Capture the Sun‘s Terra Ignota is an album that speaks for the genre of post-rock and progressive, ambient music in a poetic and artistically refined way. The sound across the entire spectrum of this record will appeal to fans from progressive, groove-oriented audiences to the listeners that just want to sit back and enjoy a dreamscape of, as the band describe it, post-music. Terra Incognita‘s concept revolves around the creation of a planet and the way in which those lives, that culture, and the experiences of the depth of that concept flourish in a catharsis of realization.
A MASTERY OF THE ART OF THE POST SOUND
Behind the curtain that is Capture the Sun lies the extremely honest and forthcoming efforts of Kyle Hussey, James Hadley, Justin Hadley and Sean Edwards, straight from Portland, Maine (US). These guys deliver a sound that is a brush stroke of gentleness and subtlety combined with a technical ability that is to be truly admired. They may not immediately demonstrate their technical prowess but hold their own on tracks like “Helios” with a groovy melodicism akin to Scale the Summit.
The aptly named “Tabula Rasa” provides a blank canvas for the album to build from, allowing colors and contours to fill the sonic space as the record progresses. It may remind you a bit of Mogwai in its clear production and relaxed feel. As you make your way through the record, the tracks “Helios” and “Carving the Atmosphere” are reminiscent of the instrumentation of everything from more complex Scale the Summit to Corelia to some Explosions in the Sky.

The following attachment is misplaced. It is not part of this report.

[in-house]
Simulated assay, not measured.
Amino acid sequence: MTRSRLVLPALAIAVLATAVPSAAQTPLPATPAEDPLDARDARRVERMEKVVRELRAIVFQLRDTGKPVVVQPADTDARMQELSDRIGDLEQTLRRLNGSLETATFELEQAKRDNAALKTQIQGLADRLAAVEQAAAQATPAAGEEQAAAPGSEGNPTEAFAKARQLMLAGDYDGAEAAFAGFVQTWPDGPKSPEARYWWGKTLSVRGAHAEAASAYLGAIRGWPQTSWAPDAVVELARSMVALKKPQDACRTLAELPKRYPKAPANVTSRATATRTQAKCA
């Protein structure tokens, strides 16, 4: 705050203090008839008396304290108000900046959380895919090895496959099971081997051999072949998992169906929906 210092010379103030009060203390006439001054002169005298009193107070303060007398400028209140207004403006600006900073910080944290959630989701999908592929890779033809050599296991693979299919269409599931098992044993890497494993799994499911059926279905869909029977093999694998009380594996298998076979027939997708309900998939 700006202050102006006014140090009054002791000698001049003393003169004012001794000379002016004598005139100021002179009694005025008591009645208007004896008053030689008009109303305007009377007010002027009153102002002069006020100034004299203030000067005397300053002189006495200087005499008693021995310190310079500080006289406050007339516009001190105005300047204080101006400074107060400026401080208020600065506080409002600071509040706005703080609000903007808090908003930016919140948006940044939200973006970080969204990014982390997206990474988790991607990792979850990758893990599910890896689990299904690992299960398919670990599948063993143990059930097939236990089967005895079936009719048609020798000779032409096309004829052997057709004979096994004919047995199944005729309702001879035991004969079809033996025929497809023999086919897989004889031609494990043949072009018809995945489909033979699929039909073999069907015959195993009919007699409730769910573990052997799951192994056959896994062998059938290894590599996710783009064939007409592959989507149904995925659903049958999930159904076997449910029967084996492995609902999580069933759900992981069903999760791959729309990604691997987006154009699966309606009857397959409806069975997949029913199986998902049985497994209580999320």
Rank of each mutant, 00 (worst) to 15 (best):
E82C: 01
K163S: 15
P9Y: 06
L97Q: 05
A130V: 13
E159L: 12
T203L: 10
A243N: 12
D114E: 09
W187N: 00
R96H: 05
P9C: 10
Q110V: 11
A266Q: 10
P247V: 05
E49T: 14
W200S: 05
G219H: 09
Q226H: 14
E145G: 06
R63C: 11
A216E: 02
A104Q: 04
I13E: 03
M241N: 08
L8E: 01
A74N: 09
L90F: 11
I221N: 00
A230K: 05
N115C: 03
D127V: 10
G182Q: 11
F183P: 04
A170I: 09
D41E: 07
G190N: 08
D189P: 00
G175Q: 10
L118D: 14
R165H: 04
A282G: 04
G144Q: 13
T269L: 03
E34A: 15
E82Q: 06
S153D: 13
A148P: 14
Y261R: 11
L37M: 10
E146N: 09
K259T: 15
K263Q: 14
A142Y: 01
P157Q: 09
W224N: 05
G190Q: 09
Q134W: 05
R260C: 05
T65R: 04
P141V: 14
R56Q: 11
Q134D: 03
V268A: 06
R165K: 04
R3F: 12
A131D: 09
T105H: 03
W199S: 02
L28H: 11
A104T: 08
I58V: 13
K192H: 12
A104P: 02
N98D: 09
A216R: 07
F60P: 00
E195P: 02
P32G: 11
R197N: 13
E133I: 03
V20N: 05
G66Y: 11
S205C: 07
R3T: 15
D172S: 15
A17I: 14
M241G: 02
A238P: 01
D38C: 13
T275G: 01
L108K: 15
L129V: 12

Without a doubt, a standout track for me is found in “Cloudless” because of its surreal nature. The band takes you through a journey of colors and sound without over-complicating the track. “Orogenesis” and “Artificial Landscapes” will reveal an undercurrent of meaning behind the vessel that is their ‘planet’ in this concept; you will find what is without a doubt the evolution of band, and a sound that reveals growth and maturity. These songs have the feel of something truly joyful and emotionally visceral.
If at this point you haven’t felt the deserving A+ that should come from this record, wait until you listen to “The Methusela Tree”, followed by the title track “Terra Ignota”. The emotions are real, and these two tracks define both a growth period and a final chapter to the record.
Some songs, given their length, have a tendency to blur into one another. However, the group make up for the spaces and changes in direction with intricate and conceptual spoken word and instrumental interludes that are sheer deliciousness. I feel like this band deserves to have Terra Ignota kept in the catalog of well-written and established concept albums.
THE BEST MOMENTS
This album was mastered by the famed Jamie King (Between the Buried and Me). Unsurprisingly, these tracks are masterfully articulate in their flow and unity. There is something to be said in regards to the lively production of the album, but the tracking and delivery are at times rough around the edges. In our wall-of-sound, over-produced world of metal records, this lively, organic type of record is rare nowadays and it certainly delivers a memorable experience. This album was a compilation of masterfully labored ideas and a concept with conviction. It ends with what is clearly a flora and fauna of good riffs, great passages and even better texture. I felt something walking away from this record and it makes me long for more concepts in the future from Capture the Sun. Post-music is interesting in this light and has given me a chance to bear witness to a great record.
Notable Tracks: “Tabula Rasa”; “Helios”; “Carving the Atmosphere”, “Tides”; “Terra Ignota”
FFO: Russian Circles, Scale the Summit, Intronaut